If you are a military veteran, a spouse, or a dependent of a living or deceased veteran, you are likely eligible to receive compensation and other retirement benefits from the U.S. Department of Veterans Affairs (VA), the Department of Defense, or from the state government. Benefits will be based on duration of military service, income, disability rating, and combat exposure. The federal Veterans Benefits Administration offers assistance to help calculate full benefits and to provide information on how to apply.
Retirement Pay and Pension
Members of the U.S. Navy and U.S. Marine Corps become eligible for retirement pay after 30 years of service. At that point, you will automatically be registered as a retiree and the retirement pay will be 75 percent of your base salary. Members who have less than 30 years of service will be moved to the "reserve list" and will receive a retainer pay until they hit the 30-year benchmark. Those on the reserve list are still on call for active duty.
Members of the U.S. Air Force and U.S. Army who have served the country for more than 20 years are considered retirees as well, and will receive retirement pay.
The VA also provides monthly benefits to honorably discharged veterans--those with at least 10 percent disability as a result of their services. Wartime veterans with disability (those totally or permanently disabled), or those who are at least 65 years old and have limited incomes are also entitled to pensions. Compensation may be given to dependents, such as spouses and children of those members who died while on active duty or incurred disabilities during their service. For those eligible, there is no application deadline for such benefits.
State Veteran's Benefits
Many of the state veteran's benefits programs that were established during the period of the Revolutionary War are still being implemented today and most programs include pension benefits for honorably discharged and retired members. Before you apply to receive compensation, make sure that you have first thoroughly reviewed all the requirements for other benefits that you are entitled to receive. Duplication of payments on a federal and state level is prohibited and acceptance of such duplications may cause serious complications.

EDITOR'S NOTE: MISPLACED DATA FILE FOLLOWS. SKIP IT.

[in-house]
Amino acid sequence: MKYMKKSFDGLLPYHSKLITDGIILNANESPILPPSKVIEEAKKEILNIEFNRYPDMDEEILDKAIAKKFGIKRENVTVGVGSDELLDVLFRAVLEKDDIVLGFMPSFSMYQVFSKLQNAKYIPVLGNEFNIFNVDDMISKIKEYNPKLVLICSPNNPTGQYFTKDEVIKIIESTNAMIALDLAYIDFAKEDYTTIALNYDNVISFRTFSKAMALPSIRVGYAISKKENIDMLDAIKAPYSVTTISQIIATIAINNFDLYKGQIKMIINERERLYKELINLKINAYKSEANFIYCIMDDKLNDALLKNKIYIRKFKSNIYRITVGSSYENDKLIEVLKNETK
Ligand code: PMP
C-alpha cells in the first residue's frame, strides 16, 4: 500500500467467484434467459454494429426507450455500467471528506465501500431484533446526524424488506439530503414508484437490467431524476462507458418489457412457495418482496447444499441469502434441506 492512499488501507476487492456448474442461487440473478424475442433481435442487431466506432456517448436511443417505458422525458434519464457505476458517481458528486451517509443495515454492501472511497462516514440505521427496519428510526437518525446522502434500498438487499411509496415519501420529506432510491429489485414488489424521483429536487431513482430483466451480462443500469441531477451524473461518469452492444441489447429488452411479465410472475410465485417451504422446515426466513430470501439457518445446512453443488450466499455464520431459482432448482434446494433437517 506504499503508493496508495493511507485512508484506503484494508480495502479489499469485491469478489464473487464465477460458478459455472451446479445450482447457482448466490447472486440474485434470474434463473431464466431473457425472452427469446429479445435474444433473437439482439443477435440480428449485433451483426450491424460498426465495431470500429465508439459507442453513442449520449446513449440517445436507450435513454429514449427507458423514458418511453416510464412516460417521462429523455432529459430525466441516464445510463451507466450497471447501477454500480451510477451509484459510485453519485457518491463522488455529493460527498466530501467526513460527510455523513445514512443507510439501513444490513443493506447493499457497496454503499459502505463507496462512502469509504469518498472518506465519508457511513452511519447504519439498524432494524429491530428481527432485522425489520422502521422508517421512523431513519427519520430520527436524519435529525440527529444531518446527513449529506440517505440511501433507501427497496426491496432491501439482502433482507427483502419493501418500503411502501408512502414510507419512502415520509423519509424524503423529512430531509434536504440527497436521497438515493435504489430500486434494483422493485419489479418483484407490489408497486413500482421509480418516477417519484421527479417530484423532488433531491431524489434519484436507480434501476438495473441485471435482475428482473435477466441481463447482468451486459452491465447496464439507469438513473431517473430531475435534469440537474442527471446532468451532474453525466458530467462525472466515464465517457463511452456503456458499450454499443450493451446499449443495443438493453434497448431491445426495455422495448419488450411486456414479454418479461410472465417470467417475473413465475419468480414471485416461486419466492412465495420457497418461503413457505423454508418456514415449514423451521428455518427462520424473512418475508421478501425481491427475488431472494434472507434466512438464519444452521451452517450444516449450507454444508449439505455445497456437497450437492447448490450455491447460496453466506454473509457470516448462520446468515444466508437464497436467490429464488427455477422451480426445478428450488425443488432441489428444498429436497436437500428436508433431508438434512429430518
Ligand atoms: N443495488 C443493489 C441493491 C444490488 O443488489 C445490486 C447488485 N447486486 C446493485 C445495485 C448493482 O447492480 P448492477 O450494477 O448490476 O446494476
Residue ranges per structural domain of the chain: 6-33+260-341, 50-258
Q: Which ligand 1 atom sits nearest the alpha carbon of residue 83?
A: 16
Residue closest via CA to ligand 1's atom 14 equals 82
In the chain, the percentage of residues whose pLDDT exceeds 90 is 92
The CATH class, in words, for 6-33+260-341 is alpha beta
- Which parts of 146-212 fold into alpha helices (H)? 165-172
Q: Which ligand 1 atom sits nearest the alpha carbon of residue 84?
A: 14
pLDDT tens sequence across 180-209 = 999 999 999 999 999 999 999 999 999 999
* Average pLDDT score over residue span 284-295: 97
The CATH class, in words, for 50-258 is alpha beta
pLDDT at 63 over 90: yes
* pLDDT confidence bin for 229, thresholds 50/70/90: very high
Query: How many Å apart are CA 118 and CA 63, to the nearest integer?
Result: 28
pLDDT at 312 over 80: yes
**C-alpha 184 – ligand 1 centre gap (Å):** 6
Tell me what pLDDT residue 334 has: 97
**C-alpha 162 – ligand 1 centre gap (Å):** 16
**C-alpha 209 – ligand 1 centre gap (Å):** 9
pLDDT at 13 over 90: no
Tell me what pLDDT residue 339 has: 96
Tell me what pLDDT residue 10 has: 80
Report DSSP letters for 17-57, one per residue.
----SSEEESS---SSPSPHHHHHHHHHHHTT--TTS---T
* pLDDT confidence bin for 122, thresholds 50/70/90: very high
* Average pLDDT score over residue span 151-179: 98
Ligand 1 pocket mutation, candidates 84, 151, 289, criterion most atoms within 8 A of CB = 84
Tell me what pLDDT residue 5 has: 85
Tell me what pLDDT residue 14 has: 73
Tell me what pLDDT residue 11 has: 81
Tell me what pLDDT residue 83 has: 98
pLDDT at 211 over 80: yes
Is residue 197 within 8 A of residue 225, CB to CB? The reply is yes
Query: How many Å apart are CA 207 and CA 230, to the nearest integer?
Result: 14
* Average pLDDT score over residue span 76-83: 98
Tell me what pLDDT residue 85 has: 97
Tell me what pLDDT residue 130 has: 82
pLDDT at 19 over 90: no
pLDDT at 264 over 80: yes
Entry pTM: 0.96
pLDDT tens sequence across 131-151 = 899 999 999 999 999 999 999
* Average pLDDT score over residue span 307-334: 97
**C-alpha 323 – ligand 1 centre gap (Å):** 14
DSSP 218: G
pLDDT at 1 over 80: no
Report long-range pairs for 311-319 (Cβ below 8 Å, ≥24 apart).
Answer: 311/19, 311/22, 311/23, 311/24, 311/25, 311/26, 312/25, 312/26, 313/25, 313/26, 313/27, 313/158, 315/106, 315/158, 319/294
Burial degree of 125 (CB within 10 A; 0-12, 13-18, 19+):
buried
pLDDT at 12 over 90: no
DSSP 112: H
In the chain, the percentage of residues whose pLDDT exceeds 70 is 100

The VA also covers health care programs for veterans who have been exposed to combat for five years after their discharge date. Combat veterans are also covered for dental treatment for up to 180 days after discharge date. The VA provides care for those who have suffered from military sexual trauma, and for other conditions that may have possibly resulted from environmental hazards from serving in the Persian Gulf.
- Photo Credit soldier image by Ivonne Wierink from Fotolia.com
How to Calculate Retirement Pay With CRDP
As of 2004, retired veterans are now allowed to collect both Veterans Affairs (VA) disability and military retirement benefits. Known as your...
What Are the Benefits of Military Retirement?
The minimum term of service for military retirement is 20 years. The only exceptions to this are granted for retirement due to...
- Secretary of Veterans Affairs Salary
Canadian Veteran Benefits
The Department of Veteran Affairs Canada provides veterans a range of service outlined in the Pension Act, including disability pensions, allowances, support...
The Best Places for Military Veterans to Retire
Military veterans are wise to retire to a community with a nearby veterans' medical facility. If you are a veteran with medical...
- VA Employee Association Cardholder Benefits